The Antimalaria Campaign in the Post-War Period.
First attempts of malaria control. At the end of World War II, malaria reinvaded vast areas of Italy, mainly the Central and Southern regions, major islands and North-eastern coastal areas, with offshoots of hypoendemicity in the Pianura Padana. The three vectors were Anopheles labranchiae Falleroni and An. sacharovi Favre, both belonging to the so-called maculipennis complex, and An. superpictus Grassi. An. labranchiae was the principal vector in the central and southern coastal areas, Sicily, and Sardinia. In the two islands, the species was found as high as 1,000 meters above sea level. An. sacharovi was present along much of the coastal area and in Sardinia, but was most important as vector in the plains of the northeastern Adriatic coast, where An. labranchiae was absent. An. superpictus played a role of secondary vector in central and southern Italy and Sicily. In some interior areas of the Pianura Padana, where none of the three vectors was present, low levels of endemicity were probably maintained by other species belonging to the maculipennis complex.
The malariologists of the Istituto Superiore di Sanit, on the basis of the poor financial and technical resources available, managed to reorganize the control operations in Italy liberated. In Northern Italy, the “Istituto Interprovinciale antimalarico delle Venezie” had kept its autonomy and performed malaria control operations, in line with other Regional antimalaria committees, i.e. Sicily and Sardinia. Initially,“Paris Green”, where available, was used, together with a rigorous prophylaxis with mepacrine, especially in the Pontine Marshes, where a severe malaria epidemic caused in 1945 a mortality of 1‰ and a morbidity 72%.

The Arrival of the Allies to Italy, the Advent of DDT, and the Five-Year Malaria Eradication Program. Dichlorodiphenyltrichloroethane (DDT) was first added to U.S. Army supply lists in May 1943, and was used for the first time against a petechial thyphus epidemics in Naples in 1944. Studies in USA at the Orlando, Florida, Laboratory of the Bureau of Entomology and Plant Quarantine demonstrated beyond question that this new insecticide had tremendous possibilities not only against lice but also against several other noxious insects, such as mosquitoes and houseflies.[29] With the help of the War Production Board, the new insecticide was put immediately into large production. The first field test, in which residual DDT was applied to the interior walls of all houses and outbuildings against Anopheles vectors began in Italy in the spring of 1944. This experiment was carried out in the town of Castel Volturno, north of Naples, by the Malaria Control Demonstration Unit of the Malaria Control Branch of the Public Health Sub-Commission, Allied Control Commission, Italy. Spraying began on 17 May 1944, and this experiment, together with a second one started later in the Tiber Delta area, lasted 2 years.[30] The Malaria Control Demonstration Unit, under the direction of Dr. F. L. Soper, consisted largely of members of the Rockefeller Foundation Health Commission who had brilliantly carried out their first assignment, that of assisting in typhus control in Naples.[31]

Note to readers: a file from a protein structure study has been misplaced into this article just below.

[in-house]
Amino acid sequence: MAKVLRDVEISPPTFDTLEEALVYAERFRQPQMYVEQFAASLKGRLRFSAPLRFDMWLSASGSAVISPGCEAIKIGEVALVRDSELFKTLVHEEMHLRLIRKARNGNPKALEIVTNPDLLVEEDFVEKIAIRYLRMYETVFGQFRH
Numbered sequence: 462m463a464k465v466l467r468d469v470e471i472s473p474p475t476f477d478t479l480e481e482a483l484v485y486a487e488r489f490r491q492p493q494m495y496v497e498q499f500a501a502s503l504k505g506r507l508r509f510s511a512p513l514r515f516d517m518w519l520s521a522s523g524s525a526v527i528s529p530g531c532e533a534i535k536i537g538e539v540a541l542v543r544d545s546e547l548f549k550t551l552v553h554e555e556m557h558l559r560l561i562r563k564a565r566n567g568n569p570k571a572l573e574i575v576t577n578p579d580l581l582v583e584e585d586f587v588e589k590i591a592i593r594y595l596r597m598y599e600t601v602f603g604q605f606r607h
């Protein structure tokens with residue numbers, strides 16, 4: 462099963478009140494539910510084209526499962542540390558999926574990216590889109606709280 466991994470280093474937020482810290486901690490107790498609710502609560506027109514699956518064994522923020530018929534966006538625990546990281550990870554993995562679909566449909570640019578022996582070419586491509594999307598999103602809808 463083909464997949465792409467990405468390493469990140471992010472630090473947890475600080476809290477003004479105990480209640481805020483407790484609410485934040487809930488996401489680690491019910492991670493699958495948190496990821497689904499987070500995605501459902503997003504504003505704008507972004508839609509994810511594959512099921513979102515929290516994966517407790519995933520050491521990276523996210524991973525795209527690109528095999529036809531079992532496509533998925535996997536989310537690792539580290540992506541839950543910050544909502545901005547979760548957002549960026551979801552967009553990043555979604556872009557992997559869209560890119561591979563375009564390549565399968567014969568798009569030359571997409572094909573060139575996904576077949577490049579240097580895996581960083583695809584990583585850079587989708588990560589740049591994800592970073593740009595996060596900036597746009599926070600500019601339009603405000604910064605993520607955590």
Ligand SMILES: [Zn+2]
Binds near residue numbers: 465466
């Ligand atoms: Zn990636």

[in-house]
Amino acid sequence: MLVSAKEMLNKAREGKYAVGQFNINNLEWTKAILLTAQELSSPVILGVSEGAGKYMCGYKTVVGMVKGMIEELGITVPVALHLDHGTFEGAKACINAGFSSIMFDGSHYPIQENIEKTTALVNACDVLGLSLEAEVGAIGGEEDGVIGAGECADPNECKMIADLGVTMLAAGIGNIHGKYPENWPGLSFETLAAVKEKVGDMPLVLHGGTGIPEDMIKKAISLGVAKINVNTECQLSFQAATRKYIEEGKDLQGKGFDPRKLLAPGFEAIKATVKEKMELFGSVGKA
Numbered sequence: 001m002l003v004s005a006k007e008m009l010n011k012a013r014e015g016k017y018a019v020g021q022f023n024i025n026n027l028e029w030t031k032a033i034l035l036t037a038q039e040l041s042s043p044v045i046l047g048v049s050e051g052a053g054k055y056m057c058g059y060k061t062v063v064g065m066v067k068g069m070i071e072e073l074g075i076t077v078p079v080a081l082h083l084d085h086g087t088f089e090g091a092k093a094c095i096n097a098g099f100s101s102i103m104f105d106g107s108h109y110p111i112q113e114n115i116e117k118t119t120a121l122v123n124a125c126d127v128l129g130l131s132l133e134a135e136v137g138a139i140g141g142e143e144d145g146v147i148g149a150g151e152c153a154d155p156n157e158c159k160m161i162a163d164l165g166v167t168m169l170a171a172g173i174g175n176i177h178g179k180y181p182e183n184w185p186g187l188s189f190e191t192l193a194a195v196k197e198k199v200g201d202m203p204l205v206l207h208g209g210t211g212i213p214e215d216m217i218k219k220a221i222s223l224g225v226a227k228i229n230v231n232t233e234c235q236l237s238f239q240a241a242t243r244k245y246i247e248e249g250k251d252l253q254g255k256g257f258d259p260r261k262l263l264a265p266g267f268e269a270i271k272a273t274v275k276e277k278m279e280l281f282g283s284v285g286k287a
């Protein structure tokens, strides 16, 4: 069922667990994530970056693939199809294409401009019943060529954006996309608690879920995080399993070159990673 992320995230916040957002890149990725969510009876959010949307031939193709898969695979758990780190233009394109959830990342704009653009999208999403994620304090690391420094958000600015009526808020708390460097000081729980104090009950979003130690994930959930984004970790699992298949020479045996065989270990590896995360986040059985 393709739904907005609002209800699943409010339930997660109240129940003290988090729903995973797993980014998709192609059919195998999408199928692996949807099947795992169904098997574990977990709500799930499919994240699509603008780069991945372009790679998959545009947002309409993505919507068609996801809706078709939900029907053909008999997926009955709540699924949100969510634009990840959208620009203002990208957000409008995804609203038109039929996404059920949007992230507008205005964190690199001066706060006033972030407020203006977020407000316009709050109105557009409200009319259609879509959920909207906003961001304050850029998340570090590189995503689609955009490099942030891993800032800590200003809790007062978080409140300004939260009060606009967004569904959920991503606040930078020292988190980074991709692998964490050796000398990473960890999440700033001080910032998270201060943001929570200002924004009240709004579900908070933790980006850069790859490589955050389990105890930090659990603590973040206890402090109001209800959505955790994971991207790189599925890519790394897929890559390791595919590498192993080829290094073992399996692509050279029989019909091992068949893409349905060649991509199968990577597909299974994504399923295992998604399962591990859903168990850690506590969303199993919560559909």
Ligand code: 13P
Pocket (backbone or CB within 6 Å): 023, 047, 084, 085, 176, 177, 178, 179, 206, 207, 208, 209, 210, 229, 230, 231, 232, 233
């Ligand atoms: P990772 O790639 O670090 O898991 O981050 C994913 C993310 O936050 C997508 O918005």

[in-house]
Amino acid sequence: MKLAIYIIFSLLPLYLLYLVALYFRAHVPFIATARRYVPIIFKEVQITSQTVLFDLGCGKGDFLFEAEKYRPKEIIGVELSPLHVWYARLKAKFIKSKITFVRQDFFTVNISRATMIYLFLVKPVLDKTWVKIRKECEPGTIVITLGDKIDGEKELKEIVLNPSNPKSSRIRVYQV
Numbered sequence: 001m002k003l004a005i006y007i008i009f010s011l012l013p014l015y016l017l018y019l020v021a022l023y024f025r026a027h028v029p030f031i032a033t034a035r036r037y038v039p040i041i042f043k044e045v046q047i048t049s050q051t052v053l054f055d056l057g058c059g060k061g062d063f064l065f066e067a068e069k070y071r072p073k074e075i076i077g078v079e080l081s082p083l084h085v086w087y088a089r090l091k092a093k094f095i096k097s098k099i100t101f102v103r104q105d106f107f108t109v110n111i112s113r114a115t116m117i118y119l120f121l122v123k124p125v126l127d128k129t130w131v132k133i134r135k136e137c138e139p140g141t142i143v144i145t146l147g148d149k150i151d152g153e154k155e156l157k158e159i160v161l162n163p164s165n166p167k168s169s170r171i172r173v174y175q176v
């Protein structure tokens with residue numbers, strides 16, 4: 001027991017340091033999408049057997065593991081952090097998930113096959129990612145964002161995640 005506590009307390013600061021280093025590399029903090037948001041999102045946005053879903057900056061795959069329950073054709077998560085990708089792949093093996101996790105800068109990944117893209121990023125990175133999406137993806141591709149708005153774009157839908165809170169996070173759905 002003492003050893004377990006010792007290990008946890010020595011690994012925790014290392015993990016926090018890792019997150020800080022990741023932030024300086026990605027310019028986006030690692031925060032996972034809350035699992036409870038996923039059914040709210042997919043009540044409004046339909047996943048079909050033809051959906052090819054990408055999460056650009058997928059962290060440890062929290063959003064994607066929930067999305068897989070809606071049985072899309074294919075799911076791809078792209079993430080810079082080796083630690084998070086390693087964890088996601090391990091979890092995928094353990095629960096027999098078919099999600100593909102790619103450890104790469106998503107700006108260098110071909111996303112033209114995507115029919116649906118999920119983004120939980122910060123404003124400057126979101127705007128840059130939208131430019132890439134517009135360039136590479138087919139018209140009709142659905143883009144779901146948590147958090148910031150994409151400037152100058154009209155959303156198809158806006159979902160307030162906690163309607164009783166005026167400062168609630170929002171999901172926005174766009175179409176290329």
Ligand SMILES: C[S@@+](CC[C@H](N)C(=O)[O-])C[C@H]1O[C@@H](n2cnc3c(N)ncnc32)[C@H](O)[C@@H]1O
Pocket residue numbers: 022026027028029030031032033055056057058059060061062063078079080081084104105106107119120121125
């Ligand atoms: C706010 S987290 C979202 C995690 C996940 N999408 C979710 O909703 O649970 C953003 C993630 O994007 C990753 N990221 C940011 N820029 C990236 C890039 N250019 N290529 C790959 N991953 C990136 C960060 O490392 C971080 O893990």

In 1945 in the delta of the River Tiber (Ostia and Isola Sacra), the Health Commission of the Rockefeller Foundation, at the request of medical authorities of the US army, had undertaken, with the contribution of the ISS, an experiment to test the efficacy of DDT applied on the internal walls of buildings and animal shelters against Anopheles labranchiae. Missiroli, exploiting his personal relations, managed to get by the allied Command 70 quintals of DDT technical product and the quantity of oil needed to obtain a solution of 5% DDT to use in laboratory and field tests. Missiroli planned to spray DDT at the dosage of 1-2 gram/square meter, and after months the sprayed surfaces still retained the insecticide against the indigenous Anopheles mosquitoes. The results were announced by Missiroli in a famous conference held on November 25, 1944, just a few months after the Italy’s liberation, in the Chamber of Commerce and Agriculture in Rome. He impressed the audience by announcing a new ambitious objectives that would have brought the eradication of malaria from Italy “…..our aspiration is no longer limited to reduce the number of new infections and to treat malaria: today we tend to liberate Italy from this disease, aware that the scientific means available will allow to us to reach the target in a relatively short time".